• How much money was taken out of the accounts is not stated. 
  • Whether the woman was prosecuted is not disclosed.
  • Whether the unnamed bank had policies and procedures in place to detect the transfers from an elderly customer's account is not set forth.

The AWC asserts that DeFilippis arranged to have a friend serve as a co-trustee along with the elderly customer for the customer's accounts "in order to try to conserve assets."

A Matter Of Trust SIDE BAR: Okay . . . let's just stop a moment and recap. We got an elderly customer in failing health and declining mental condition. For whatever reason, no one has stepped in to become this individual's guardian and no court has apparently appointed anyone to protect and handle the customer's financial affairs. And if the opposite of those assumptions is true, the AWC does not disclose any of this. 

Add into that mix the AWC's concession that De Filippis took steps to try and "conserve" the elderly customer's assets at a time when a criminal appears to have entered the picture and is obtaining funds from the senior citizen.  As to the "friend," we have no idea whatsoever from the AWC as to that individual's background or qualifications; however, in the absence of any negative assertions about the co-trustee's character and history in the settlement document, we should not assume anything dubious.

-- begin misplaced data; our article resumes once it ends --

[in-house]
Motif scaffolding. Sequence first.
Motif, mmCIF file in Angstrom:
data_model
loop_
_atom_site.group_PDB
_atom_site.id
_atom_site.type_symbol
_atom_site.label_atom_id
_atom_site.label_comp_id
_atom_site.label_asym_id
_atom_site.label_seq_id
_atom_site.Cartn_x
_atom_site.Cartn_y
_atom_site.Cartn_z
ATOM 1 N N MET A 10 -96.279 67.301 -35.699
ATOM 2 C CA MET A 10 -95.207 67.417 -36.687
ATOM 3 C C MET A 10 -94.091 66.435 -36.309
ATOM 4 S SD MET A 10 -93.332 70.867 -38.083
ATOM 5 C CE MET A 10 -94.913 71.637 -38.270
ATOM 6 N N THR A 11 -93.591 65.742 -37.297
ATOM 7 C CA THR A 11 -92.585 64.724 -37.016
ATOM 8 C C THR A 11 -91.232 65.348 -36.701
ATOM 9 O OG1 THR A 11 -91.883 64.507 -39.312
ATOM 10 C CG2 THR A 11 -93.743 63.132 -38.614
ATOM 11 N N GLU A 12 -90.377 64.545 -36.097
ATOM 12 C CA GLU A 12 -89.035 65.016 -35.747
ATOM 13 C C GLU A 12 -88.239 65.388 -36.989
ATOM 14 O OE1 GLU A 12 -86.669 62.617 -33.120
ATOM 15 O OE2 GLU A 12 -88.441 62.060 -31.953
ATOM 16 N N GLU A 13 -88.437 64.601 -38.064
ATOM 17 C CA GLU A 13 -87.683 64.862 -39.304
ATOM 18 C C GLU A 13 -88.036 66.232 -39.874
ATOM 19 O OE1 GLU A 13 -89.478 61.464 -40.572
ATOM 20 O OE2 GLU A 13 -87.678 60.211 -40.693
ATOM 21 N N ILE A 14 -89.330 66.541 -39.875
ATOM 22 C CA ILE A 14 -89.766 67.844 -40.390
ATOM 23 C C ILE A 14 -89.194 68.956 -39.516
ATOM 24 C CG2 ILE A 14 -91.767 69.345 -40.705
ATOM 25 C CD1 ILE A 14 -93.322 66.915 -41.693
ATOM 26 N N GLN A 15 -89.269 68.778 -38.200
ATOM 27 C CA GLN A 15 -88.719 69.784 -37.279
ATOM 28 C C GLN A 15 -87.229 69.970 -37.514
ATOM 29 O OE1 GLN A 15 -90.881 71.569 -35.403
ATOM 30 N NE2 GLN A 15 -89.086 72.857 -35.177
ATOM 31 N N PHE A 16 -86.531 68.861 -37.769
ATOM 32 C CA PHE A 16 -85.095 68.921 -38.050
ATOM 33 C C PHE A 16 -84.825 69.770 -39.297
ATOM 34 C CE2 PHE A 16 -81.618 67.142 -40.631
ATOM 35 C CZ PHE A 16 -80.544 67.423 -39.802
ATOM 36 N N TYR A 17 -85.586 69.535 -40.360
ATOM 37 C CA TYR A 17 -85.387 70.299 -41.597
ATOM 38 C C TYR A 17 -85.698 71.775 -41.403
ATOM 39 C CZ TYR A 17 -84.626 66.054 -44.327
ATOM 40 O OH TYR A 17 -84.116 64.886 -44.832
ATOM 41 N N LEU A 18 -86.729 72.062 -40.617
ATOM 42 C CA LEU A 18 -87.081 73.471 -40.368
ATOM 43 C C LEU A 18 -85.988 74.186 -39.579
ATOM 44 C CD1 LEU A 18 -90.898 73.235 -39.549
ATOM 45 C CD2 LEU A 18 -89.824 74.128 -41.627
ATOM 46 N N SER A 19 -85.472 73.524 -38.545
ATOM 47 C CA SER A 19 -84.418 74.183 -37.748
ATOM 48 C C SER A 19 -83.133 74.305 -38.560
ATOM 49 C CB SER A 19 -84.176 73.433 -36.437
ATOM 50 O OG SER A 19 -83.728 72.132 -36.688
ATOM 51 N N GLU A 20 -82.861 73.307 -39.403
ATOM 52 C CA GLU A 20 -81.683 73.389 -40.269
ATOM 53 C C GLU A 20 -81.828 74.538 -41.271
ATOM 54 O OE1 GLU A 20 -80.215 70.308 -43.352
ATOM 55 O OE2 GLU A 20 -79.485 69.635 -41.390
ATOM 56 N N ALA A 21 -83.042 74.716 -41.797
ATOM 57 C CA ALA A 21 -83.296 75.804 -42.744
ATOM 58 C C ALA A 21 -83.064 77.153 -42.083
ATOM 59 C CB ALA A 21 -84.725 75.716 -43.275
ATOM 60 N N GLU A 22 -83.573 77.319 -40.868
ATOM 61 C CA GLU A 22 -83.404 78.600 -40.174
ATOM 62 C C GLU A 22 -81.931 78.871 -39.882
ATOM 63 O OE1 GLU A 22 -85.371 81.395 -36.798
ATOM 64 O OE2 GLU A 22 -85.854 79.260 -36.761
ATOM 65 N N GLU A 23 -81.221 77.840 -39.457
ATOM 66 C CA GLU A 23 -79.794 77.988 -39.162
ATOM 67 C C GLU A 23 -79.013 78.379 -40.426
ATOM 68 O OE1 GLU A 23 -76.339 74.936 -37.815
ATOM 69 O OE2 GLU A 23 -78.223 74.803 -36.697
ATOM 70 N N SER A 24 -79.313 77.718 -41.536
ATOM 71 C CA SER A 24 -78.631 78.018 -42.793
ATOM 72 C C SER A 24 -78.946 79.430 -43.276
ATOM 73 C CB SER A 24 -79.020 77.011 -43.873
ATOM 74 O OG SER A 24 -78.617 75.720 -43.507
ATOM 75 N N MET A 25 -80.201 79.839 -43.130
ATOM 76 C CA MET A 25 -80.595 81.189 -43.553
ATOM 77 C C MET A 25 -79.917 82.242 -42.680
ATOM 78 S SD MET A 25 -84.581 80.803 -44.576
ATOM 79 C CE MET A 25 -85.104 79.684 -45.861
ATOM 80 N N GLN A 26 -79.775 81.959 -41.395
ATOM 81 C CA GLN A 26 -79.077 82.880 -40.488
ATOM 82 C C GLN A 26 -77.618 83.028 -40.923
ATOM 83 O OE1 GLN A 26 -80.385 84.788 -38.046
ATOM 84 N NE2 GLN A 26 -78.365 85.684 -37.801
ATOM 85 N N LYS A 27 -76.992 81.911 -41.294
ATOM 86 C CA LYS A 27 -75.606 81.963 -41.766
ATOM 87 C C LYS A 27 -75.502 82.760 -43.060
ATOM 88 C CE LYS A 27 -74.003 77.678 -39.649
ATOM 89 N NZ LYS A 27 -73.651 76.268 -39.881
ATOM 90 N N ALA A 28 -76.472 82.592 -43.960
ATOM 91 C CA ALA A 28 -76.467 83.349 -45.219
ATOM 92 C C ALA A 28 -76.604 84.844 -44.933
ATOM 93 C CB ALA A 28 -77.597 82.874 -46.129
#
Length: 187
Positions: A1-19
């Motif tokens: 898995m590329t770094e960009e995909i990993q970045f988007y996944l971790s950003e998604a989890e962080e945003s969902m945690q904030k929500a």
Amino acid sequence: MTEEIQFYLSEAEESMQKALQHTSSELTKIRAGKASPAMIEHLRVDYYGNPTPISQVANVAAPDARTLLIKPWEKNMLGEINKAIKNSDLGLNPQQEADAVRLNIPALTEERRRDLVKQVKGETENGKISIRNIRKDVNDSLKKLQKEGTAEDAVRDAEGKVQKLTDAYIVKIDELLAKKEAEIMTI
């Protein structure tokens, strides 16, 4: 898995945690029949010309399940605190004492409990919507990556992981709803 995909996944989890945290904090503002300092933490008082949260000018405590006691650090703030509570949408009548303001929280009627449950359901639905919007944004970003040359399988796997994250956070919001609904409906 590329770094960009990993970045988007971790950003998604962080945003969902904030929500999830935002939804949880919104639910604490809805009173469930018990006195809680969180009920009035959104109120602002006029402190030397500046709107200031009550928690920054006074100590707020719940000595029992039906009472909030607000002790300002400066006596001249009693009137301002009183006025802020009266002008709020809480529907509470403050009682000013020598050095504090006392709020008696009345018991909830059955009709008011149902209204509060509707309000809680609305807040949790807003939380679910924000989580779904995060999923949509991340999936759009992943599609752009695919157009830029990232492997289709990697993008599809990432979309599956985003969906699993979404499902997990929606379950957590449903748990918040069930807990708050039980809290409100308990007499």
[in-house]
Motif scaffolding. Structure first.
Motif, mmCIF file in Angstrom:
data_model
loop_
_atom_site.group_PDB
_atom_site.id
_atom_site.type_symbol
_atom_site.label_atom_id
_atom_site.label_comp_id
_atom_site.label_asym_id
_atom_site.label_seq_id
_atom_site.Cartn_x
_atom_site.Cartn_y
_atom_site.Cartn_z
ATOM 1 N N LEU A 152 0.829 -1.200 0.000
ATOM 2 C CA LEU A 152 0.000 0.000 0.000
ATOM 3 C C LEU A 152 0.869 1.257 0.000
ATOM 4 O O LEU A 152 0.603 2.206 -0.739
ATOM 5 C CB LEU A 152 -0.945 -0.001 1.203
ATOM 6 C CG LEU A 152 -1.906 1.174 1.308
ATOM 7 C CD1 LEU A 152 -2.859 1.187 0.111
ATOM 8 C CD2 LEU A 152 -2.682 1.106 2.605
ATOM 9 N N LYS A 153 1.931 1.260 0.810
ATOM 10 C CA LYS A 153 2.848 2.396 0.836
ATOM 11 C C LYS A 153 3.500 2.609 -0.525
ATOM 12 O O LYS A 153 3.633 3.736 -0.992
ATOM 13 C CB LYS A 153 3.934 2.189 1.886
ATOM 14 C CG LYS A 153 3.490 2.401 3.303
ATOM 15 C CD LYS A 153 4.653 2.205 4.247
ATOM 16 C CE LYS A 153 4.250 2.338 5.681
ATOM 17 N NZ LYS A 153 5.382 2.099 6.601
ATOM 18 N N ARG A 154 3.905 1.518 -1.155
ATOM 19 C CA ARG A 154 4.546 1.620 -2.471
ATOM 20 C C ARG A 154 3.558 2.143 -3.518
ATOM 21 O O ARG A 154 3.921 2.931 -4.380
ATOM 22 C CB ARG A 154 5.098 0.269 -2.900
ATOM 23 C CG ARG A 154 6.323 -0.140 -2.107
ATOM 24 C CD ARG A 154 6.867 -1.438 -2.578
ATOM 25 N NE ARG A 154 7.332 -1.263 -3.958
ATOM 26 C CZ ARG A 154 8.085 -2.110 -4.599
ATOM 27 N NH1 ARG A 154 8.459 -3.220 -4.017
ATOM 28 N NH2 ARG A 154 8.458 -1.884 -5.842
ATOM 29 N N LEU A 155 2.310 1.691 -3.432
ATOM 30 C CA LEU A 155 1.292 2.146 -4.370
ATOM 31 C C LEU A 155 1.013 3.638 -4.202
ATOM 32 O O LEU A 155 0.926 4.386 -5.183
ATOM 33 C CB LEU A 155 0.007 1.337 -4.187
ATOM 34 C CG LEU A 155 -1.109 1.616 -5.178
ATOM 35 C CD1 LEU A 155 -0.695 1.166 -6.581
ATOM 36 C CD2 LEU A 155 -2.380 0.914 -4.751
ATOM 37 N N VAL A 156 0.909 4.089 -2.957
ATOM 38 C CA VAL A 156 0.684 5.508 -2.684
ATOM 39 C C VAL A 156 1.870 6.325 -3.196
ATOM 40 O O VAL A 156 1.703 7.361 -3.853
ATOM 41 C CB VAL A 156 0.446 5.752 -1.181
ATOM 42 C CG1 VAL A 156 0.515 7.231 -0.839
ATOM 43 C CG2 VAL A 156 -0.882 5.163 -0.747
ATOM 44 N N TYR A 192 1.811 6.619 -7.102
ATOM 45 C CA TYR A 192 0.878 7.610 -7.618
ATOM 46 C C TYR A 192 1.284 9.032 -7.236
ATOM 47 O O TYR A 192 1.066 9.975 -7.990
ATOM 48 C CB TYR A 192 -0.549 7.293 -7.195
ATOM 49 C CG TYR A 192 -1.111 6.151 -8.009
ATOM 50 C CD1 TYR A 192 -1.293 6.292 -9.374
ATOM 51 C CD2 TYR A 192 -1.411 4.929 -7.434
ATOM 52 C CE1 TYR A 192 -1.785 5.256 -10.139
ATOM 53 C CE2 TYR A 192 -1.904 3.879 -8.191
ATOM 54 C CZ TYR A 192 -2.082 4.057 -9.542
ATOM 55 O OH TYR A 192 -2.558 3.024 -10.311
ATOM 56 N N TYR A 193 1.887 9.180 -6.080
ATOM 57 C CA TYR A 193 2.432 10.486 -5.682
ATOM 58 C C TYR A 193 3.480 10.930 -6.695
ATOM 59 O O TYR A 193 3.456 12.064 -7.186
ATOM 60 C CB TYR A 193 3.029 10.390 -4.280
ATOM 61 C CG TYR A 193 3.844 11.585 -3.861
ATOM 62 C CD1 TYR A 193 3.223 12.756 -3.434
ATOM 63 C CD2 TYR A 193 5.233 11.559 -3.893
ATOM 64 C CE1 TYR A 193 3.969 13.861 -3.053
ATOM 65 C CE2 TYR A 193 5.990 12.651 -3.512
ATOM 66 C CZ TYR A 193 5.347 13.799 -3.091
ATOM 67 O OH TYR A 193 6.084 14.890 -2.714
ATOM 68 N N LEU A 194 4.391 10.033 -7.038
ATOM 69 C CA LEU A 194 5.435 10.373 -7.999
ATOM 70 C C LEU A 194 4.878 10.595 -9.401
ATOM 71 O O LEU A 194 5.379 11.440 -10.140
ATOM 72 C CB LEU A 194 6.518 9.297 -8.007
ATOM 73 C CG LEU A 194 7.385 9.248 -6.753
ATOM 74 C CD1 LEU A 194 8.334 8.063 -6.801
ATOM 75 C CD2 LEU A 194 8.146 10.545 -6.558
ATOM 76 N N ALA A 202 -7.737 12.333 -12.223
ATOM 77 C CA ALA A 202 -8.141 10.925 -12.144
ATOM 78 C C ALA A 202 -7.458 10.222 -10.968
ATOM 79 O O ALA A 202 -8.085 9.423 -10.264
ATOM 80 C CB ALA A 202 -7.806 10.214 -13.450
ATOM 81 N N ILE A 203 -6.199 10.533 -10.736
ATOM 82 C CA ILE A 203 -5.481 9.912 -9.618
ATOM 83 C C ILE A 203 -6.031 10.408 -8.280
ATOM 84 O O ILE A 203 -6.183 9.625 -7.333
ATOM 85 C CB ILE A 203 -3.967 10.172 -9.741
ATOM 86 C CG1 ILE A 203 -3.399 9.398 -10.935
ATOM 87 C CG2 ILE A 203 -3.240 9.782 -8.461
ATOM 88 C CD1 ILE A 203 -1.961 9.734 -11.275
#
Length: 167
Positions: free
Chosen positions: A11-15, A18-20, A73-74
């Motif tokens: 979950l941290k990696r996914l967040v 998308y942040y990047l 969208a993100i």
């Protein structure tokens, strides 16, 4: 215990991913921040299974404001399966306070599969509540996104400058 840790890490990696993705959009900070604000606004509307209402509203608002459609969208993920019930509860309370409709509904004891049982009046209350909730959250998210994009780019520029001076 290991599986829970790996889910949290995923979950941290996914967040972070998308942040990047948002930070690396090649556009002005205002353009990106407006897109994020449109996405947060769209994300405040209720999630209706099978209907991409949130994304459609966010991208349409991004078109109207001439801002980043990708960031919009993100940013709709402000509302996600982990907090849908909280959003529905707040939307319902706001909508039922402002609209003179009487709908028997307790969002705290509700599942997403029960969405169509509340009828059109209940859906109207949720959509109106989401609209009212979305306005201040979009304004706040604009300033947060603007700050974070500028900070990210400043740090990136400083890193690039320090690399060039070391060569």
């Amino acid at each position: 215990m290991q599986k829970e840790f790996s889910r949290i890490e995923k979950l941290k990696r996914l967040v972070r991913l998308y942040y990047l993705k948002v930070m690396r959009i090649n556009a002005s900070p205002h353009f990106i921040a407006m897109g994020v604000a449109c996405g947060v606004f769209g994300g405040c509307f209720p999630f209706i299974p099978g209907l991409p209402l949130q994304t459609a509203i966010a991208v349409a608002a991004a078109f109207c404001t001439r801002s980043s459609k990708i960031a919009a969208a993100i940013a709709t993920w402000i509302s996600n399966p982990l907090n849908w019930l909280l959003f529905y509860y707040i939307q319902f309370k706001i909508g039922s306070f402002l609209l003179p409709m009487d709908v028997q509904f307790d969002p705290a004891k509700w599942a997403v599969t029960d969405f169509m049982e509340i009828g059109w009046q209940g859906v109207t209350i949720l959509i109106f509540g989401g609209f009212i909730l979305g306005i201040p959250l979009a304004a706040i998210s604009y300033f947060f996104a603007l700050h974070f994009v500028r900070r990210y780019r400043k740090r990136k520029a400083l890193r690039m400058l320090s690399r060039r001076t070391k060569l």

Into the Trust Account

In or about October 2013, the elderly customer transferred about $264,500 out of his securities account, and, in so doing, closed out that account and deposited the proceeds into "a trust account DeFilippis helped him establish at the bank." As such, after adding his friend as a co-Trustee to the customer's account, DeFilippis then consolidated his assets into a trust account at JPM Chase Bank.

At Another Bank

Notwithstanding DeFilippis's efforts, the AWC explains that  he "became concerned" that the elderly customer was continuing to give more money to the criminal.  The AWC asserts that with the customer's consent, DeFilippis arranged for his friend the co-Trustee to have a $264,000 cashier's check cut against the bank account and made payable to DeFilippis (exclusive of $2,000 in cash that was given directly to the customer). According to the AWC, the cashier's check was deposited in a bank account at another bank in DeFilippis' name but with the elderly customer "(through his trust) as the death beneficiary."

Okay,that last step does raise legitimate concerns. Why did DeFilippis transfer the funds from the JPM Chase Bank trust account into an away account in his name but with the customer as a death beneficiary?  Sure as hell wish I knew the answer to that one; however, I am also annoyed, and profoundly so, that the AWC fails to disclose DeFilippis's explanation for that conduct. Given that there is no assertion in the AWC that DeFilippis was criminally prosecuted or named as a defendant in any civil suit for the conduct set forth in the AWC, I am compelled to infer that no such actions were taken against him. All of which suggests that he was well-intentioned but should have executed his plan in a more appropriate manner.